February 16, 2014
Harriet had a baby girl! Pictured here (in slightly fuzzy video stills) at 1 week and 3 months. She has Harriet’s pug nose! Even at 3 months, she is very vocal and constantly cooing to her mom and siblings.
We name infants according to the first letter of the mother’s name, so in April we’ll be seeking female ‘H’ names for her naming party. Harriet has 4 other children: Hawa (m, 21), Helen (f, 13), Honey (f, 8), and Heri (f, 5).
February 9, 2014
Chimpanzees have a society in which females leave their natal community around puberty and immigrate to another group. It seems that females ‘try out’ several communities before finding the group where she will stay and bear children. In Sonso, our immigrant-age females (Anywhere between 12-16 years old) will ‘disappear’ for a few weeks at a time during their fertile oestrus period, and we assume them to be visiting neighboring communities. At the same time, we also occasionally see stranger females who come to visit us, though they don’t always stay. This 2014 dry season, we have already seen 3 stranger females. We’re excited to see whether we’ll have permanent additions from this batch of exploring females!
Last year at this time, Sonso had 3 immigrant sightings, 2 of which remained with our group (below). Both Upesi and Irene became fully habituated after only a year with the Sonso Community. They tend to spend a lot of time grooming together, or with other members of the community, which is nice for us to see. Researchers, Veterinary staff, and Field Assistants all like the two females very much, and grooming is one way chimpanzees build strong affiliations with group members.
The newest immigrant female to the Sonso community, Irene is a very quiet female with a curious, friendly face. She first came to the community in 2012, and has since often been seen grooming, feeding, and travelling with the community. She was named in 2013 after the daughter of a BCFS employee, and is estimated at 15/16 years old.
Named “fast” in Swahili, Upesi is another recent immigrant to the Sonso community. She was first seen in the southeast and regularly joined Sonso when they travelled to that area. She very quickly became comfortable around researchers and chimpanzees alike, and very little time passed before she was well habituated and walking through camp! She is an estimated 13/14 years old.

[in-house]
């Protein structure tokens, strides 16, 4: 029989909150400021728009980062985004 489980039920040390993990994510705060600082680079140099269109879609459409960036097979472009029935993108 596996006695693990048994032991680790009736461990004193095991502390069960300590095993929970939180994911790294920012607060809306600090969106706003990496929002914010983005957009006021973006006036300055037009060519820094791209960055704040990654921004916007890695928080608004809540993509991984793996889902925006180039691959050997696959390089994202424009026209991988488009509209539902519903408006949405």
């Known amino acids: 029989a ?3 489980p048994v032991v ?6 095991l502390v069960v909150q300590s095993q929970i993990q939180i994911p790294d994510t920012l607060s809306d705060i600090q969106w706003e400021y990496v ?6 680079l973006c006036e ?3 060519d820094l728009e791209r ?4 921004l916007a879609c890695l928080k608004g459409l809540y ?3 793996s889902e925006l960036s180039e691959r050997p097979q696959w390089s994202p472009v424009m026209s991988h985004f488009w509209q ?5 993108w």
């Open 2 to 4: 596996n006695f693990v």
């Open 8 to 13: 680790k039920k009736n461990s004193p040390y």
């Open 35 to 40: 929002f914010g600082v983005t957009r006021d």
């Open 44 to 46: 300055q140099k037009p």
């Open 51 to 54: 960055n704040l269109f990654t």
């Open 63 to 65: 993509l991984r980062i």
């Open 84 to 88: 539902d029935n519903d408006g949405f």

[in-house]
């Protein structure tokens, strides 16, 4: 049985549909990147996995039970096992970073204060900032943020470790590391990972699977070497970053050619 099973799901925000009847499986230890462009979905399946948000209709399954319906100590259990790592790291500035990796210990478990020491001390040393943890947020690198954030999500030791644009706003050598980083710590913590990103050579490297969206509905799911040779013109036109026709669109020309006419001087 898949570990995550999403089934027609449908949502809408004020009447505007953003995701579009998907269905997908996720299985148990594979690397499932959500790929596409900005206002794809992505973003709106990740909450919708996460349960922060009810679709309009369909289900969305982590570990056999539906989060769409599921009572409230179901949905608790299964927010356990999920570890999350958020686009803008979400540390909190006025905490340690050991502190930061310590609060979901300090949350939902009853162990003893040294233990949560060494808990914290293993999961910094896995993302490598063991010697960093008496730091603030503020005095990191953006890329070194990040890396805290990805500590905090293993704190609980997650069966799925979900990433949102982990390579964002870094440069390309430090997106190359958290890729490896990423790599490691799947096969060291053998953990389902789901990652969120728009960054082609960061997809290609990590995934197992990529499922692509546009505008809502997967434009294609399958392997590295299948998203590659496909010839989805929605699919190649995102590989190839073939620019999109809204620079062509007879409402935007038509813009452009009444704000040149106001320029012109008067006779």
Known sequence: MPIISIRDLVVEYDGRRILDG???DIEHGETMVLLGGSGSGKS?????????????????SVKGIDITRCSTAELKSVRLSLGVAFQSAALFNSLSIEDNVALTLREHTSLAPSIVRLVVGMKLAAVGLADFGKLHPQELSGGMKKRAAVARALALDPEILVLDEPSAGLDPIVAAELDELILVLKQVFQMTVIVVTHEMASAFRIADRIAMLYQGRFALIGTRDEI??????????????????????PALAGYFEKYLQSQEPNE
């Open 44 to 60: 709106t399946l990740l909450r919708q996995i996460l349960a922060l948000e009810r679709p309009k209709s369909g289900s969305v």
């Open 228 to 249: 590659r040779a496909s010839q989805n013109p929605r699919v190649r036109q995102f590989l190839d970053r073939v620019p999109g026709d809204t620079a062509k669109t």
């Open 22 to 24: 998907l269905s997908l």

February 7, 2014
We all know how quickly kids grow up, but does it ever really cease to shock just how fast they do it?! You may remember our post about Kaija, Kwera’s newborn boy, back in October.
Now at 6 months, Kaija is already incredibly mobile. He’s progressed from clinging to Kwera’s belly to riding on her back, and he is constantly exploring his environment while toddling about unsteadily on two legs, or crawling on all fours. He’s also become more vocally active, graduating from baby coos to joining in on pant-hoots and pant grunting to approaching males.
Despite his impressive development, there are still times where we’re reminded of just how small he still is: when exploring tree climbing on his own, Kaija recently looked shocked to find himself at the height of 3 meters. His whimpers brought a hasty Kwera running to his aide, and she, along with sisters Karibu and Karo, immediately began to groom away his distress.
January 30, 2014
As a follow-up to our last post on snared chimpanzees, we are happy to present France24′s documentary featuring the chimpanzees of the Sonso Community, and the ex-hunter program designed to reduce the number of snares in the forest which put our chimpanzees at risk.
Thanks to France24 team for their hard work! Here’s a link to the documentary:
December 12, 2013
PhD researcher Corinne ‘Coco’ Ackermann, from the University of Neuchâtel, has recently joined the team at BCFS. Her topic of study is “The physiology of social behaviour in wild chimpanzees”. In Coco’s own words:
Like humans, wild chimpanzees form long-term bonds characterised by cooperative behaviour, both between related and unrelated individuals. It is assumed that individuals exchange cooperative behaviours by reciprocation where, in spite of temporary imbalances in investment, both individuals gain a net benefit over time. Yet it remains unclear how individuals keep track of past cooperative interactions, or how they choose a partner that will reciprocate. It is hypothesised that reciprocity requires advanced cognitive capacities, but alternatively, the endocrinal oxytocin-system could provide a non-cognitive physiological mechanism.
I hypothesise that the oxytocin system provides a basic mechanism for the formation and maintenance of social bonds between mother-infant pairs. The same mechanism could also be adapted to influence social bond formation between other individuals as well. To investigate this hypothesis, I will focus on the development of social bond formation in (i) mother-infant pairs and (ii) juveniles/sub adults with other individuals by relating detailed observational data with differences/changes in individual oxytocin levels measured from non-invasively collected urine samples.